Himalayan Heritage Foundation

Center for policy research on Himalayan Region

J&K History – "Turtuk Unveiled" A Must Read

"Turtuk Unveiled" is a well-measured move and welcome addition to the archival and research material available on the tribes of Turtuk, a part of Baltistan.

Written by: Dr. Mahesh Kaul || Posted in category: Books || Dated: 2014-08-06

Book Review : Turtuk Unveiled

Jammu & Kashmir has the distinction of being blessed with varied topography, vegetation, climate, culture and people. The Frontier areas of the State had importance for the strategic reasons for the rulers of the State and when the State acceded to India in the backdrop of the partition of India, it assumed political prominence for different reasons.

The imperial British overlords and the communal forces, which enjoyed their patronage, were hell bent to destabilise the State. It suited them to maintain their foothold and stranglehold over the Northern Frontier. Dogra rulers who defined the geographical and political boundaries of Jammu & Kashmir in terms of viable administrative purpose kept a keen eye on the ethnic tribes that inhabited Gilgit and Baltistan. Their cultures, traditions and lifestyles needed to be understood in order to govern the people.

Turtuk Unveiled written by Dr Kavita Suri is a well-measured move and welcome addition to the archival and research material available on the tribes of Turtuk, a part of Baltistan. It is pertinent to mention that the British paid significant attention to Gilgit as far the strategic value is concerned. Gilgit was in the centre stage of the intrigues to destabilise the defence of India so that advantage is given to Pakistan in the Himalayas. In this process of destabilisation Baltistan was affected automatically as the region is in the geographical proximity of Gilgit. People of this area have been suffering but it goes to their credit that they have retained their smile in spite of the inhospitable terrain. Dr. Kavita Suri’s book Turtuk Unveiled should be seen in this backdrop as it places Turtuk in proper perspective.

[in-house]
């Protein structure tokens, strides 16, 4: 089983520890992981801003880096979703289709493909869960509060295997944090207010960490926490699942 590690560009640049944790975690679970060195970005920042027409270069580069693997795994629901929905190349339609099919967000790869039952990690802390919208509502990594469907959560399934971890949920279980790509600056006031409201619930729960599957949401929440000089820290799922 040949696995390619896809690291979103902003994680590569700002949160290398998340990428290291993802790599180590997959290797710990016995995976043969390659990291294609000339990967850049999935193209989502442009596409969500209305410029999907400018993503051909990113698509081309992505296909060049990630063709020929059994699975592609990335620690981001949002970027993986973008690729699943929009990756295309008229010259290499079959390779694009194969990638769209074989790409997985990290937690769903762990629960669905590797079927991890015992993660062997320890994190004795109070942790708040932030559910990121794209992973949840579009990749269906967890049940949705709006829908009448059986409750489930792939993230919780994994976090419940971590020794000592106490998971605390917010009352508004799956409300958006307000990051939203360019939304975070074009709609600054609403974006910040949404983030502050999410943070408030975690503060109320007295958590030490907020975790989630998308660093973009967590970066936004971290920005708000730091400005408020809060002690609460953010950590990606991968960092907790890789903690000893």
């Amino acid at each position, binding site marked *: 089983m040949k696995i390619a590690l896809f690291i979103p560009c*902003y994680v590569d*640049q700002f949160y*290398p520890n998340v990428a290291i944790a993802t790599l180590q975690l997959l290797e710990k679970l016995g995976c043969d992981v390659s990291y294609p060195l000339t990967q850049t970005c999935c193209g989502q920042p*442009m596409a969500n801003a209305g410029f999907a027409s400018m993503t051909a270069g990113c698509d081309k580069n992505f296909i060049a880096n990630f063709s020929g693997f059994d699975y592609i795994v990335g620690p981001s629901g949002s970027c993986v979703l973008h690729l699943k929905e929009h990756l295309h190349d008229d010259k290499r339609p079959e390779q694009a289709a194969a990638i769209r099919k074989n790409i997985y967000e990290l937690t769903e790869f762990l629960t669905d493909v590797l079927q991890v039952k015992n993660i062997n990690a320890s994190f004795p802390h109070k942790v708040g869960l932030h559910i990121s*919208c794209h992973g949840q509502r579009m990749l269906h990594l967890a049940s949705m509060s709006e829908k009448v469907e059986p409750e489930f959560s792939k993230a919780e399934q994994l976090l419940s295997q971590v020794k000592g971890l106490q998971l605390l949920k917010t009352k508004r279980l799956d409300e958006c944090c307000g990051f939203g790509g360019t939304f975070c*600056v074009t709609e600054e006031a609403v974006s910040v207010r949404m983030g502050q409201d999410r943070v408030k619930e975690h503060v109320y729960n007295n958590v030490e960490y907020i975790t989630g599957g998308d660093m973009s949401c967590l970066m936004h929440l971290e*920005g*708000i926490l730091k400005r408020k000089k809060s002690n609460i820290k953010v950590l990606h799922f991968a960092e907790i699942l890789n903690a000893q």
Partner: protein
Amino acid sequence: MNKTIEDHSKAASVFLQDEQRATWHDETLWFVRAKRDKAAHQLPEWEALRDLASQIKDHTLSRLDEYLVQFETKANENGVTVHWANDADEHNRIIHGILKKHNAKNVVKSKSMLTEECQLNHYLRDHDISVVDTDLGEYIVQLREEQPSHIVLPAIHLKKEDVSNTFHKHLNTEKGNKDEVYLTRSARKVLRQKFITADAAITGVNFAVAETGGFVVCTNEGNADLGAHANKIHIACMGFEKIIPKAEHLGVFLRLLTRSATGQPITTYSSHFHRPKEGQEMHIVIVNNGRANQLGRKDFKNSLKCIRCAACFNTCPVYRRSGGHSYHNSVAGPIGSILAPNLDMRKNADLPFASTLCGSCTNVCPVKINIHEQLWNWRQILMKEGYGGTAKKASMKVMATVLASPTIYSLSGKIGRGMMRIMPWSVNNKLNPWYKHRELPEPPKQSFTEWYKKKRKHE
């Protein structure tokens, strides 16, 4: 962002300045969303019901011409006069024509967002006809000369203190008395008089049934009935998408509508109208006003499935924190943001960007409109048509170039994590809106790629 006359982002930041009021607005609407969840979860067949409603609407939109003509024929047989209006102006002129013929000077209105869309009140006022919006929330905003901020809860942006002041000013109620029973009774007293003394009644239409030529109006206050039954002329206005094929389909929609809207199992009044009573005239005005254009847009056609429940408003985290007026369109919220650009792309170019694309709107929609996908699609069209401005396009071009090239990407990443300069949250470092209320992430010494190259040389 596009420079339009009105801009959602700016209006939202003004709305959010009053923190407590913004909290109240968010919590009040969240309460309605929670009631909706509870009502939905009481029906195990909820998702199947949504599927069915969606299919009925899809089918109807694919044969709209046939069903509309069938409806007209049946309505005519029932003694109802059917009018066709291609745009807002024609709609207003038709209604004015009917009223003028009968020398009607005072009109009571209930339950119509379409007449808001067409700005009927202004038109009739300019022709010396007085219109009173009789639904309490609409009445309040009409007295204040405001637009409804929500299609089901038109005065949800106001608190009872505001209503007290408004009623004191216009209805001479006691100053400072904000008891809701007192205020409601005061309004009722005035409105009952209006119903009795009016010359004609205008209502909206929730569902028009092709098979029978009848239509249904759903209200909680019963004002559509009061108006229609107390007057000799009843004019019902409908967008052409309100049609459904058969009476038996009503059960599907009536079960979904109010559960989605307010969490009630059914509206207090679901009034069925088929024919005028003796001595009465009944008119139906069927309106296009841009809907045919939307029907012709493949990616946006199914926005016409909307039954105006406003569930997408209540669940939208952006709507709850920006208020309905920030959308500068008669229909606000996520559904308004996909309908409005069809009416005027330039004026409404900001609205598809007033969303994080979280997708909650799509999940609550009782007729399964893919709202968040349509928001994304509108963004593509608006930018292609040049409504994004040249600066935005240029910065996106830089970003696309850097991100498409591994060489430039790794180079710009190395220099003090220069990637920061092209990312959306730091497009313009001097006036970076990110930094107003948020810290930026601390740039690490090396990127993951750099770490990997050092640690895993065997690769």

The book has been divided into 12 chapters – Acknowledgements, Foreword, Introduction, References and Index. Author has utilised her skills as the professional journalist and photographer to give vivid and pictoral description of Turtuk besides the well researched text. Her vast experience as the reputed journalist associated with various newspapers of substance and credibility like The Statesman and as an academician has added value to the book. Book has presented a unique issue regarding the unique place –Turtuk.

Introduction to the text on the jacket of the book explains the crisis the people of Turtuk face and sets the tone for the reader as to why this book should be read about the place called Turtuk in the Ladakh region of the Jammu & Kashmir. It reads: Turtuk, a small place nestled at the farthest end of Nubra valley in Ladakh has a unique history. It was part of Baltistan, had remained with Pakistan for a long time and then was reunited with India. Turtuk Unveiled, which is first literary work of its kind on Indian side of Baltistan, throws light on Indian side of Baltistan, throws light on the history of the region which is dominated by the Balti tribal’s”.

Explaining the locale of the place, she writes, “Situated amid the mighty Himalayas and Karakorum mountain range in northern Pakistan and Ladakh, Baltistan or Baltiyal (Land of Baltis or Homeland of Baltis as is popularly known in Balti language) is the historic junction of the Buddhist and Islamic Worlds.”(pp 40) Balti is the prominent tribe of this area. It was during the expedition and conquest of General Zorawar Singh that this region became the frontline of the defence of the State of Jammu & Kashmir. Giving the historical background and writing about the conquest,

Dr Kavita Suri writes, “By the summer of 1840, General Zorawar Singh had conquered the whole of Baltistan. In addition to Skardu; he another fort at Khardung. In place of Ahmed Shah, his eldest son Muhammad Shah was made the king. Thus Baltistan came under the Dogras.”(pp 48) Elaborating further she says, “Turtuk has an interesting history.

From 1947-1948 onwards till 1947, it was part of Pakistan and many villagers living in these areas were working with Pakistani Army mostly posted in the northern area of Gilgit-Baltistan. Thang Top and Trig heights in the area are still under Pakistan-occupationKashmir (PoK), overlooking Turtuk Valley. Just down below, Thang village on Indian side is thickly populated and so is Franoo village on the other side in PoK. In 1971, India launched an operation to liberate Turtuk and reunited it with Ladakh.”(pp 66).

Turtuk remained under Pakistani till 1971 and it was during the Bangladesh liberation war that this area came under the ambit of theatre of war, leading to the reunification of this area with India. People of Turtuk have witnessed the administration of both Pakistan and India. The book deals at various aspects of this issue and can act as a guide for the policymakers to devise mechanism to develop this area.

Keywords: Turtuk , Baltistan , India , Jammu & Kashmir , Skardu , Nubra Valley ,Gilgit , Dogras , Northern Frontier , Pakistan , General Zorawar Singh , POK ,